Looking for ways to make your home eco-friendly? Here are 10 simple ways to make eco-friendly changes at home.
Humans are massively impacted by their home environments. Studies have found that homes with fewer toxic products, less clutter and natural elements are connected to better physical and mental well-being1. Some studies have gone as far as to say that a home reflective of your values and personal commitment to sustainability boosts your mood and increases cognitive function. Not to mention, eco-switches in your home are real money savers.
Sustainable living requires tapping into the art of simple living, which is why we have created a list of 10 easy and effective ways to make your home more eco-friendly in the new year.
1. Start with a single room
The easiest way to make your home more eco-friendly is to start adopting household changes room-by-room. Rather than overhauling your entire house in one go, start by focusing on a single room and making sustainable changes bit-by-bit. It will make the overall task less overwhelming and give you the best opportunity to convert your home into a more conscious space.
2. Invest in energy-efficient light bulbs
You could save yourself hundreds of dollars, as well as reduce the environment's wasted energy, by switching the light bulbs in your home. LED light bulbs are up to 85 percent more energy-efficient than traditional incandescent household bulbs, and they give off the same level of light2. LED lights are also void of toxic elements like mercury, found in some incandescent bulbs, which means their disposal doesn't risk contaminating the environment.
3. Ditch paper towels (and other throwaway paper products)
According to the Environmental Protection Agency, paper is the number one product sitting in landfills. It takes six to eight weeks to decompose fully, and that's if the paper products are made from virgin materials3. Cloth napkins and cotton towels are fantastic, reusable alternatives that eliminate paper waste. Reusable cloths are more durable than paper towels, and they're less costly in the long run.
4. End "phantom energy"
Devices that remain plugged into walls without being used continue to draw energy, which is sometimes referred to as "phantom energy" or "standby power." Some experts say that leaving devices plugged in and idle is as bad as leaving them running. Around eight percent of the electricity used in homes comes from appliances that have been left on standby4. Unplug appliances when they aren't being used, or use a single power strip and switch it off when devices connected to it are not in use.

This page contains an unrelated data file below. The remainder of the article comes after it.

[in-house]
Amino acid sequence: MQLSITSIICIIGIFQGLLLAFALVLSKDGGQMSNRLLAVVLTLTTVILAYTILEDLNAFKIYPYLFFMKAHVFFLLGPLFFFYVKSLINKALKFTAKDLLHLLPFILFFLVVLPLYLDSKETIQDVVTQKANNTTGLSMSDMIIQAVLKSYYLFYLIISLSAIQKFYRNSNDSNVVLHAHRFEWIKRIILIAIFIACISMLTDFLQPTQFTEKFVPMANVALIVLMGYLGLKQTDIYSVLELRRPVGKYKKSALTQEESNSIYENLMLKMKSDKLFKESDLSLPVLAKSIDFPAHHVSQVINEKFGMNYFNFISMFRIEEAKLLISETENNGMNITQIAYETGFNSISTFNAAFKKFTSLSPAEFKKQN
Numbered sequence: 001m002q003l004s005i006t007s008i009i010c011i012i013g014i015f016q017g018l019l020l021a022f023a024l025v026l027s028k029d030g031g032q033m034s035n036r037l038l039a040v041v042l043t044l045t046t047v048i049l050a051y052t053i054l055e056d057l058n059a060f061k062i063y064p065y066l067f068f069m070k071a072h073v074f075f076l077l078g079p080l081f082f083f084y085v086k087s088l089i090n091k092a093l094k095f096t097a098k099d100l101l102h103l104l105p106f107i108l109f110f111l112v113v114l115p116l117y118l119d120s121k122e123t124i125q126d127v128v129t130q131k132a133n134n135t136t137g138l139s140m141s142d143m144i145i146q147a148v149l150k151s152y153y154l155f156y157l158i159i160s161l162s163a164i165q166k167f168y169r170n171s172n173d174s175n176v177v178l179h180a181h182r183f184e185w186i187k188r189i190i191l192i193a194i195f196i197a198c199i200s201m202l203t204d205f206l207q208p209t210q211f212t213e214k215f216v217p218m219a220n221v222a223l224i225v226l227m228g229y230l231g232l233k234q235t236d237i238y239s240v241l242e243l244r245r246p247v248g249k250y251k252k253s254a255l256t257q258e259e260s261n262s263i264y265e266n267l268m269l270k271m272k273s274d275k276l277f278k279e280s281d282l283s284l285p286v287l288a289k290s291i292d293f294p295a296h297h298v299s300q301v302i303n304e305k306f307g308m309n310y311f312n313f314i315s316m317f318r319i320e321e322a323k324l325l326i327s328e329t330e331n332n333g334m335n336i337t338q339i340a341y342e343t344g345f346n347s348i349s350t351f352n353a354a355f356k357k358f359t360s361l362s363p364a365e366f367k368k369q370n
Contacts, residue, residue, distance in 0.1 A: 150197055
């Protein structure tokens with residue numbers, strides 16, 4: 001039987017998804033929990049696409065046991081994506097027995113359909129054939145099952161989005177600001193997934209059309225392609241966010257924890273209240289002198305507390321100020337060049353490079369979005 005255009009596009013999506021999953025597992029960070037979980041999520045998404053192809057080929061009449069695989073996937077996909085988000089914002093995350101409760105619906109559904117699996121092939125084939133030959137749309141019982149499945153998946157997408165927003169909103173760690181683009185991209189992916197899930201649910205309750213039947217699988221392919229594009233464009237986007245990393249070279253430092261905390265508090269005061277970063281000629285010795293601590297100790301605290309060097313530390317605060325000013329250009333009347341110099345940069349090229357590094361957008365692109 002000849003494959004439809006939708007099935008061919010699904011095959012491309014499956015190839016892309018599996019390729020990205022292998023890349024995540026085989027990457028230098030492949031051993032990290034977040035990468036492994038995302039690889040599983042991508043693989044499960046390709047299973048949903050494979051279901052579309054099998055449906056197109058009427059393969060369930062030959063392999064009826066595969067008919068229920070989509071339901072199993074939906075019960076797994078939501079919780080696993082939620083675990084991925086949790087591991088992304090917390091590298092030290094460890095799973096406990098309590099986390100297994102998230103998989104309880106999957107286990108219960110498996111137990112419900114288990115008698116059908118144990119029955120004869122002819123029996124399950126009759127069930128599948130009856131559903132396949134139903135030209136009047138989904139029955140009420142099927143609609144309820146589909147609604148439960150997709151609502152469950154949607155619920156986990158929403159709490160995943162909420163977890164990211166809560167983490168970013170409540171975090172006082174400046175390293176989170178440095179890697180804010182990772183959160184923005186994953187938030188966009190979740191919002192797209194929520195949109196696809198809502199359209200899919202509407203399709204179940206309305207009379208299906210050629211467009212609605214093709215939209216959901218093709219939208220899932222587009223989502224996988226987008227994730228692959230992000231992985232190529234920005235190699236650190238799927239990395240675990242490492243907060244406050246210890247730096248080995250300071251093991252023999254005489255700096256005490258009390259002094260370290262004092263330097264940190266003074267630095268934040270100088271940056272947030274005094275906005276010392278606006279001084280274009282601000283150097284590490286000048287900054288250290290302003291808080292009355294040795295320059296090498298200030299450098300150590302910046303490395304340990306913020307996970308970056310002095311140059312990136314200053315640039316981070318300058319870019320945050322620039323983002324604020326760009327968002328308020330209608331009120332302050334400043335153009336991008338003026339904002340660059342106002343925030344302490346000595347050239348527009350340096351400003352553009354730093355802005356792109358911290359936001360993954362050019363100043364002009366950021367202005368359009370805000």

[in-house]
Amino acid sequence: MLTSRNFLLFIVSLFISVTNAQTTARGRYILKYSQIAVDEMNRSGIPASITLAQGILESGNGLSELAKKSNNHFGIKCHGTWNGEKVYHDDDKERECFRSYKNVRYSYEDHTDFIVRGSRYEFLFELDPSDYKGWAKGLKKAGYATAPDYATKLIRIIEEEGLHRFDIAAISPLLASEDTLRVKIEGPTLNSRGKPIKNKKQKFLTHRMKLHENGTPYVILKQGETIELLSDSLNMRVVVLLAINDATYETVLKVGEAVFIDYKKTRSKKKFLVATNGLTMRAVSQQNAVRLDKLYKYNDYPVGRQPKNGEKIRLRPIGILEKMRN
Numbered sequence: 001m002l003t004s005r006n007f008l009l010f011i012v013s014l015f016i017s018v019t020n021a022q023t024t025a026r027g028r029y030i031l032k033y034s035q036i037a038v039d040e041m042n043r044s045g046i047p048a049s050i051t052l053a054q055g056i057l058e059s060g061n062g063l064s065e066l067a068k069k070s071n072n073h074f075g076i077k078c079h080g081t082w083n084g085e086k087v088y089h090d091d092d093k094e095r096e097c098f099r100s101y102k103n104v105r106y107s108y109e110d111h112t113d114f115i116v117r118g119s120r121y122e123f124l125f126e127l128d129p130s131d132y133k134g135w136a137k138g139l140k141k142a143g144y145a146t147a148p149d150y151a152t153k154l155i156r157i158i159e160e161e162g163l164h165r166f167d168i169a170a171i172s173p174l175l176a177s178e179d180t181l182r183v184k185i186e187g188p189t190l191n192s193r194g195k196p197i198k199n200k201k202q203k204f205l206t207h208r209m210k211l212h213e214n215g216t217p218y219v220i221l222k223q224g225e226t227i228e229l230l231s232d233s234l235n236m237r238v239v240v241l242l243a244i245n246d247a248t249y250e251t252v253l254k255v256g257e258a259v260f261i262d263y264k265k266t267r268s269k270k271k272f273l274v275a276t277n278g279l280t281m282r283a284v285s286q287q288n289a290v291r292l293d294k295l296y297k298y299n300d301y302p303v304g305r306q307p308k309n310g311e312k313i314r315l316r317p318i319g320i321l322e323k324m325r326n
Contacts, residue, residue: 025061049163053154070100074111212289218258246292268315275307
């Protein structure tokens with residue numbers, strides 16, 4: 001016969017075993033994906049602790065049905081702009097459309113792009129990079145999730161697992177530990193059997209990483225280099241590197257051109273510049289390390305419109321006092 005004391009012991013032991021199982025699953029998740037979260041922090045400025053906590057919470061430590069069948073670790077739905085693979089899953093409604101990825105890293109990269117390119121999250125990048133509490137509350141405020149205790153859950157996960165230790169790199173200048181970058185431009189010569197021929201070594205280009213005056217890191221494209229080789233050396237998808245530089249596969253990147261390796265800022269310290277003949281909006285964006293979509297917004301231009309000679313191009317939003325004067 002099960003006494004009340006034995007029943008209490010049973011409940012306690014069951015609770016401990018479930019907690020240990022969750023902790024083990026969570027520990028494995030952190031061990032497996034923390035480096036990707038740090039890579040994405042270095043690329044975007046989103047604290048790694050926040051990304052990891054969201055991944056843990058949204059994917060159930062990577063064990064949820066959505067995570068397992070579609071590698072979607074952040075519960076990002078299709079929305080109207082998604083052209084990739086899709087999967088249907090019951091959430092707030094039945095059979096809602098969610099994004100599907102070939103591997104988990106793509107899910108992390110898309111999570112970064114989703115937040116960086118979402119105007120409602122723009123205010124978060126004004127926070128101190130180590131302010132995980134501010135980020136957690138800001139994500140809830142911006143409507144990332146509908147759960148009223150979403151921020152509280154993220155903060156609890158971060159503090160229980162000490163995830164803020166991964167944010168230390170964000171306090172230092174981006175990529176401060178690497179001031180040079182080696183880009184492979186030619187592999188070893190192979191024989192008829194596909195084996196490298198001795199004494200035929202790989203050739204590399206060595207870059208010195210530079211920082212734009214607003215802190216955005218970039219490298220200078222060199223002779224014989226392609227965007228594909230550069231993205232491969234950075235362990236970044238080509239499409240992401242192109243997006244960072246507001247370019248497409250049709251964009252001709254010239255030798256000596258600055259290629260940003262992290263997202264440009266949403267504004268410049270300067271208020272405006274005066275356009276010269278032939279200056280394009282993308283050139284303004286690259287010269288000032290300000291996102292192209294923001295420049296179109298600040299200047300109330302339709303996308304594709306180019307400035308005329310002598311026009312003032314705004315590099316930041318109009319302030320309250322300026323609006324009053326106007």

5. Switch to reusable batteries
An estimated three billion batteries are thrown into the garbage every year. Batteries are made of potent toxins, including lithium, lead, and mercury, that, when tossed into a landfill, seep into the ground soil and damage ecosystems. Reusable batteries have a higher upfront cost, but the investment saves you money in the long run and reduces environmental pollution.
6. Opt to hang dry your laundry
Just because a switch is simple doesn't mean it isn't powerful. Take drying your clothes, for instance! Tumble dryers in the U.S. account for millions of CO2 every year4. By opting to hang dry clothing instead, you could save yourself a heap of money (air is free) and help reduce carbon emissions.
7. Wash your clothes in cold water
You can keep your clothes clean and reduce your carbon footprint by switching to the cold water setting on your washing machine. Families in the United States switching to cold water washing would eliminate millions of tons of carbon emissions. Over 90 percent of the energy consumed during a washing cycle is to heat the water.
8. Start composting
Uneaten leftovers and food that's expired typically gets thrown out and shipped off to landfills, where it decomposes into harmful methane gases. A compost bin will reduce the food waste your household contributes to landfills and, as a bonus, it makes an excellent fertilizer for your garden – it's a win-win!
9. Invest in a water filter
It seems ironic that people buy plastic bottled water to avoid drinking contaminated water when plastic is a significant waterway pollutant. For households that rely on plastic water bottles, try using a refillable countertop water filter instead. Affordable water filters for as little as $40 protect from lead, chlorine, and other pathogens. Investing in one will save you money over time and prevents unnecessary plastic waste.
10. Use green cleaning products
Green cleaning products are less hazardous to the planet because they don't contain harsh chemicals that cause water and air pollution5. Sourcing cleaning supplies that are phosphate-free, non-toxic, biodegradable, and chlorine-free might sound like an impossible task, but several natural cleaning brands offer eco-conscious products. There are also many natural products you might already have around your house, like vinegar and baking soda, that work as cleaning agents.
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